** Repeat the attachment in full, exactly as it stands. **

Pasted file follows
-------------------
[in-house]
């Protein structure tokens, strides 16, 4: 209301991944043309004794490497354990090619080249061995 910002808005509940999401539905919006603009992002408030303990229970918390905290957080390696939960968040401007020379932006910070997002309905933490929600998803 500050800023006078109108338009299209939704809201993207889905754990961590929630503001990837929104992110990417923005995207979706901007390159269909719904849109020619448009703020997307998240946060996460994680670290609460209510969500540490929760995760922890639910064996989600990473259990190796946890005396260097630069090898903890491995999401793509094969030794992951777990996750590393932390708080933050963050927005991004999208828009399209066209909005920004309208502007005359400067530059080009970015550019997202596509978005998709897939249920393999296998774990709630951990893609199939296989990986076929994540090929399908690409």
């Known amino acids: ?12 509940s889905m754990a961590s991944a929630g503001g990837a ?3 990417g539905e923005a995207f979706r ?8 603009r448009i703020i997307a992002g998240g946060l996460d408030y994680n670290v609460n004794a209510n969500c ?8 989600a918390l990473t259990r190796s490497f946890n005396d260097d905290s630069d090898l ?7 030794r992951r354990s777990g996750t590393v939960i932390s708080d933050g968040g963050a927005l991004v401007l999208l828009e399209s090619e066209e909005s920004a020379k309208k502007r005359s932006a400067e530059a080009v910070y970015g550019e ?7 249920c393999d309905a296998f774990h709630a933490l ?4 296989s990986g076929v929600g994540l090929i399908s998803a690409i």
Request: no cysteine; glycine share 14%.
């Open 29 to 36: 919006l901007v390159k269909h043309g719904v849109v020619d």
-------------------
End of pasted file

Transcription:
[in-house]
């Protein structure tokens, strides 16, 4: 209301991944043309004794490497354990090619080249061995 910002808005509940999401539905919006603009992002408030303990229970918390905290957080390696939960968040401007020379932006910070997002309905933490929600998803 500050800023006078109108338009299209939704809201993207889905754990961590929630503001990837929104992110990417923005995207979706901007390159269909719904849109020619448009703020997307998240946060996460994680670290609460209510969500540490929760995760922890639910064996989600990473259990190796946890005396260097630069090898903890491995999401793509094969030794992951777990996750590393932390708080933050963050927005991004999208828009399209066209909005920004309208502007005359400067530059080009970015550019997202596509978005998709897939249920393999296998774990709630951990893609199939296989990986076929994540090929399908690409």
């Known amino acids: ?12 509940s889905m754990a961590s991944a929630g503001g990837a ?3 990417g539905e923005a995207f979706r ?8 603009r448009i703020i997307a992002g998240g946060l996460d408030y994680n670290v609460n004794a209510n969500c ?8 989600a918390l990473t259990r190796s490497f946890n005396d260097d905290s630069d090898l ?7 030794r992951r354990s777990g996750t590393v939960i932390s708080d933050g968040g963050a927005l991004v401007l999208l828009e399209s090619e066209e909005s920004a020379k309208k502007r005359s932006a400067e530059a080009v910070y970015g550019e ?7 249920c393999d309905a296998f774990h709630a933490l ?4 296989s990986g076929v929600g994540l090929i399908s998803a690409i």
Request: no cysteine; glycine share 14%.
């Open 29 to 36: 919006l901007v390159k269909h043309g719904v849109v020619d």